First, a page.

Office staff working from home is not simple or easy though if implimented correctly it will feel that way to the worker.
    The cost of the secure infrastructure required is often prohibitive when combined with the need to supply hardware and connectivity for the workers involved.
    Afterall the worker shouldn’t have to use their own equipment (nor should be assumed to have it) for work purposes.

    You have underestimated a complex and costly scenario.

    Regarding the article.
    There is a worrying assumption by some employers that if you can get to work on a day when it’s snowing you must be able to make it any subsequent days. Of course this is rubbish because subsequent freezing temperatures are likely to make the roads even more treacherous even if the gritters have done their work.

    Sadly many companies are unsuccessful at consistantly and fairly dealing with staff in situations like this. Hopefully most of us are not in one of them.

  3. I certainly don’t agree with Brenda Barber’s comments relatig to “scrooge bosses docking pay”. The reason for someone genuinely not being able to get to work due to the weather is actually neither the employees nor the employers fault. Therefore perhaps a fairer compromise of how employees and employers work together in such circumstances should be made i.e. where employees who cannot work from home are offered the choice to use a holiday or maybe half days pay, its not rocket science!

    An even better suggestion might be that the country is better prepared for such weather!!!

  4. Response to IT worker:

    I think IT should Implement Consistently!

  5. Employers employ people to get results that Employers get paid for. They are not a charity.

    If an employee chooses to live in an isolated or extended travel area & has difficulty getting to work, that is their choice. If they choose to live closer to work and can get in that is their reward. Why pay a non attender & an attender the same? There is middle ground naturally, but first up should not be employers cost.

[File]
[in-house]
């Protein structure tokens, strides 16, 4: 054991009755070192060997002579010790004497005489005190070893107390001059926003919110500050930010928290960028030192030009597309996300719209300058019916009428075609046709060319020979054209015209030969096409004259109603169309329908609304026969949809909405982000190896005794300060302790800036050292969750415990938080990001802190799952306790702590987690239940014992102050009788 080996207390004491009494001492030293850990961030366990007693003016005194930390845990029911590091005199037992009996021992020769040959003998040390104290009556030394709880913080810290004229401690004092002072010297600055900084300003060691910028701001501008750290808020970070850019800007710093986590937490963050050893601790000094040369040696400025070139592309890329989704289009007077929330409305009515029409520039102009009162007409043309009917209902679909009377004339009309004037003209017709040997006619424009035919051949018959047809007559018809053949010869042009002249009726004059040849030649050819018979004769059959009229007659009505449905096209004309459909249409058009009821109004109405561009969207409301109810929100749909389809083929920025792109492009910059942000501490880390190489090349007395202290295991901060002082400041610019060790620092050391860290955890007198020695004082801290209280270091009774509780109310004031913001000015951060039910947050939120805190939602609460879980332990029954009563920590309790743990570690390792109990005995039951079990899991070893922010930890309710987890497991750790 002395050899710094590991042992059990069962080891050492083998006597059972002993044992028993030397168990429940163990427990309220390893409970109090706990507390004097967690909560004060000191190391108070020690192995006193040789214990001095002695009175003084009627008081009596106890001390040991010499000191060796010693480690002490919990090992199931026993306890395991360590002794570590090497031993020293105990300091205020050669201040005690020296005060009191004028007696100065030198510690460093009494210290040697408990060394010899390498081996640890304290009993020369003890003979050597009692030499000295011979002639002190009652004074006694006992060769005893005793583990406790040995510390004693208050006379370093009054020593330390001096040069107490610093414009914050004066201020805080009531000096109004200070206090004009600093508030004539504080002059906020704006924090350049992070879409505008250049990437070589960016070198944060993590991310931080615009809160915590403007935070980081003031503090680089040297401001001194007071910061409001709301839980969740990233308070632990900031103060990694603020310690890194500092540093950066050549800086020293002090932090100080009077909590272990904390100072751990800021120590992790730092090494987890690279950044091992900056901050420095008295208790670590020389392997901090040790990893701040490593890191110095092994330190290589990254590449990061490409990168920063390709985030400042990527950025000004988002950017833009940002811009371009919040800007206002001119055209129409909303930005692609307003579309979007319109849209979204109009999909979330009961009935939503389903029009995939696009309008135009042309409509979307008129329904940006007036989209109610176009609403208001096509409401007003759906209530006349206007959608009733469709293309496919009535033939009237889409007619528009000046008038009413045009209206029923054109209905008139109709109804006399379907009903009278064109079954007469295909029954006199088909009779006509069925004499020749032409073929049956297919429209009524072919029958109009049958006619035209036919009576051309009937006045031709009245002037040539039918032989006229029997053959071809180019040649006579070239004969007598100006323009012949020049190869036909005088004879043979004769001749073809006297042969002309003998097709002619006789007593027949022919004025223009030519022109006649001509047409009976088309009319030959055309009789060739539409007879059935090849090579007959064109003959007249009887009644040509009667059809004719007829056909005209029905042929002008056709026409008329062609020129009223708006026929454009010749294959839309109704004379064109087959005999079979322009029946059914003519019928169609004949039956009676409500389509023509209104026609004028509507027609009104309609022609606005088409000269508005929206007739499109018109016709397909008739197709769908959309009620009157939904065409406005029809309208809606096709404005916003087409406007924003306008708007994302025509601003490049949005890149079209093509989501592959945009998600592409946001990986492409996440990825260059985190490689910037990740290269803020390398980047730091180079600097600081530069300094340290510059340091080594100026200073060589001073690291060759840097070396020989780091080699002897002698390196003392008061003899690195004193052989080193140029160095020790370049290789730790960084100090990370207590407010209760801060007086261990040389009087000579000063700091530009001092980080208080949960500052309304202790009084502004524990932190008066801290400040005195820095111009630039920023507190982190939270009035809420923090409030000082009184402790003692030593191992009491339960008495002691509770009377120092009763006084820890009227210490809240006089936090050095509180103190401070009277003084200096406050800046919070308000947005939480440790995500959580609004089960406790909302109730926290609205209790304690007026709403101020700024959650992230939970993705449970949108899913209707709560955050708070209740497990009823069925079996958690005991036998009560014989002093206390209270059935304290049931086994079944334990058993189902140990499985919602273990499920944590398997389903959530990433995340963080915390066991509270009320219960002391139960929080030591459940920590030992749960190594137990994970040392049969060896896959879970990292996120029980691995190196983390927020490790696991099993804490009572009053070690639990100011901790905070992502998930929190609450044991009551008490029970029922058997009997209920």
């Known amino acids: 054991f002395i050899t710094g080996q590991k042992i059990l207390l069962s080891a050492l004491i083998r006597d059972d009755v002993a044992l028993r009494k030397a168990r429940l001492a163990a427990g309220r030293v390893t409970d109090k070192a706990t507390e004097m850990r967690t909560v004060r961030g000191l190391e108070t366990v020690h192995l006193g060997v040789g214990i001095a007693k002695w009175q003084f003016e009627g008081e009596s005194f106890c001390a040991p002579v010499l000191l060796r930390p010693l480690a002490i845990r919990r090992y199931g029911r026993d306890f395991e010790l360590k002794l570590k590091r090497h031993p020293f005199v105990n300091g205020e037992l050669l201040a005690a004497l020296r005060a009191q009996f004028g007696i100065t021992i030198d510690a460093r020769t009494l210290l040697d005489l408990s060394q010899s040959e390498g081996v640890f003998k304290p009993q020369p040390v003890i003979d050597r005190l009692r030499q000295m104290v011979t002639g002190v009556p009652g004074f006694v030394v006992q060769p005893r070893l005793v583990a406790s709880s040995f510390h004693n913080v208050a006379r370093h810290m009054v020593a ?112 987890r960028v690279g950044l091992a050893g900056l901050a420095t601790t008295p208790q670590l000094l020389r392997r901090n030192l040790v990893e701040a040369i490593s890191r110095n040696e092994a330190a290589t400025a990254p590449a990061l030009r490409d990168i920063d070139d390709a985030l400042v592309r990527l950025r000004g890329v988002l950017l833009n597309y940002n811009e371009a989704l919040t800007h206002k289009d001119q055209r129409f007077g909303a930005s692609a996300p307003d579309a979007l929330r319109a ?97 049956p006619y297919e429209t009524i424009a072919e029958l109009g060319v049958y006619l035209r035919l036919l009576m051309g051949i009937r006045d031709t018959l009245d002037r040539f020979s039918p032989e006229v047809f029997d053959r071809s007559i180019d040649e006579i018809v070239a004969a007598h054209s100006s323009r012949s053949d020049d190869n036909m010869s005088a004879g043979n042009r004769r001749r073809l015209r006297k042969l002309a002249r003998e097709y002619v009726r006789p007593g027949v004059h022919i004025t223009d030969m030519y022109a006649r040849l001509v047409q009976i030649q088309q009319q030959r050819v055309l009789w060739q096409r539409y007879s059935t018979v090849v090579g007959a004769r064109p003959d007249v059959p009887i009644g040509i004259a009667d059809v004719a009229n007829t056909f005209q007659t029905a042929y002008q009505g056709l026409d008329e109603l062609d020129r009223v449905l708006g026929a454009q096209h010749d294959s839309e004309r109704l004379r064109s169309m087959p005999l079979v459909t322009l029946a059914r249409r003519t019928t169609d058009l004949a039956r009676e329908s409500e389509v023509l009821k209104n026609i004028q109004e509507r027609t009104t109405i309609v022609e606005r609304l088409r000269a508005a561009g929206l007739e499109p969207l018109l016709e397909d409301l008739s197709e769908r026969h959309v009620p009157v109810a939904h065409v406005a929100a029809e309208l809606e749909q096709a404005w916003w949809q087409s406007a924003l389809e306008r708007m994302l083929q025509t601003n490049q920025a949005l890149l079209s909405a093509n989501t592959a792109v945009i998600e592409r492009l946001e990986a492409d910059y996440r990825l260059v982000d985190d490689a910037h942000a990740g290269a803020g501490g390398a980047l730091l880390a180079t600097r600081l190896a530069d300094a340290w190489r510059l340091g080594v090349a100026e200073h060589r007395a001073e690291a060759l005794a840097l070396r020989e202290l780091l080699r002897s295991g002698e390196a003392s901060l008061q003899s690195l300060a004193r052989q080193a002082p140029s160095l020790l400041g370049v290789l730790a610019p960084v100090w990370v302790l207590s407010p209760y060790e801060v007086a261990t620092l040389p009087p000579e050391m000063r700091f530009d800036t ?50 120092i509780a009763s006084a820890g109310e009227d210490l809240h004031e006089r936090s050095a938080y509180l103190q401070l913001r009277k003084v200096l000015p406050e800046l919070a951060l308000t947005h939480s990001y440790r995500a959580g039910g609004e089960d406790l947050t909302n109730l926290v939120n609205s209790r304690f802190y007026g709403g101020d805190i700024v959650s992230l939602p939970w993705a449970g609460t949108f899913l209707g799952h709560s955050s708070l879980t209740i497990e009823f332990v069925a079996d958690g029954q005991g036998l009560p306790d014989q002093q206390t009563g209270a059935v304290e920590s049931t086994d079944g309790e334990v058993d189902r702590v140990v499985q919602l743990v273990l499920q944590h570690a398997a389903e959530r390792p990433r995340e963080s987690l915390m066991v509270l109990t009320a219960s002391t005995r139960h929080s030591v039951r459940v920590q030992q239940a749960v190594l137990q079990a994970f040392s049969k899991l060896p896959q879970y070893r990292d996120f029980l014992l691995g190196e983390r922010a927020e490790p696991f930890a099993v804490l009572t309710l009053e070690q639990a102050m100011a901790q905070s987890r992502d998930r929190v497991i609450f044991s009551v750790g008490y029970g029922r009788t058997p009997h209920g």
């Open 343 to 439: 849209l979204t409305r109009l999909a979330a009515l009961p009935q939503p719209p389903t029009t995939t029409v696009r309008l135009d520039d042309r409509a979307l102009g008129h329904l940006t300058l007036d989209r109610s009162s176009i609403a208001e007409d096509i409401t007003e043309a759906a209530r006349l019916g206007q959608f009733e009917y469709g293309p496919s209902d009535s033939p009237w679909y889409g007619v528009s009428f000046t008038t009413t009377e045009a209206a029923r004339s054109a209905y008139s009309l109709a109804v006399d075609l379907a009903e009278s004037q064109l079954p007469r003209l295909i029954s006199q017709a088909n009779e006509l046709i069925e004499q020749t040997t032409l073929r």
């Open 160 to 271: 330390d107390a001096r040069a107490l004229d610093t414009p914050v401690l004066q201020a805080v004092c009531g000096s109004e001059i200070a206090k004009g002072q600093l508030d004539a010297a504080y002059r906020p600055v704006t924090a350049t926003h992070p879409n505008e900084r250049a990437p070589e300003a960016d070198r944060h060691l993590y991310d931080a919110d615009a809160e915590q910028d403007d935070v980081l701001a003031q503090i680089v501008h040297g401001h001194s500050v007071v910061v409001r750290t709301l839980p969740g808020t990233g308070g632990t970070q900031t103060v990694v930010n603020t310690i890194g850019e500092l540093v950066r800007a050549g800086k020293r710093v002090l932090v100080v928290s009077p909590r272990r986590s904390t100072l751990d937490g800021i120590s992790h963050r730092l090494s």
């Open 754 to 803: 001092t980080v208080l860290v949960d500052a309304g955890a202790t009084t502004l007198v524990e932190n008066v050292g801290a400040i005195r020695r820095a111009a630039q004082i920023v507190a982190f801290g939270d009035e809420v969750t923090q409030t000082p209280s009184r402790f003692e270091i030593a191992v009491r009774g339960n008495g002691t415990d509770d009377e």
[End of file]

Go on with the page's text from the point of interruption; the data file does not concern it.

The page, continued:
TUC blow-harding again with emotive rubbish rather than constructive dialogue.

  6. Not all industries have the ability to work from home – Hospitality. Hotels are relied upon during a time by those who are stranded. Hotels can’t afford not to have staff. Whilst we encourage staff to take holiday or accrued lieu days if they can’t make it in. Inorder to keep the operation running and provide service to paying guests we try assist with accommodation – especially for staff who are needed to work late into the night or early breakfast shift.

  7. I worked for a company where you were paid if you couldnt make it in due to adverse weather conditions. On such days we had around 10% turn out over a 5 yr period; the company concerned decided to change the policy saying that you would have to take the time as unpaid or take holiday. attendence on adverse weather days rose to over 90%. Strange how much easier it is to get into work if you might lose out.

Post Comment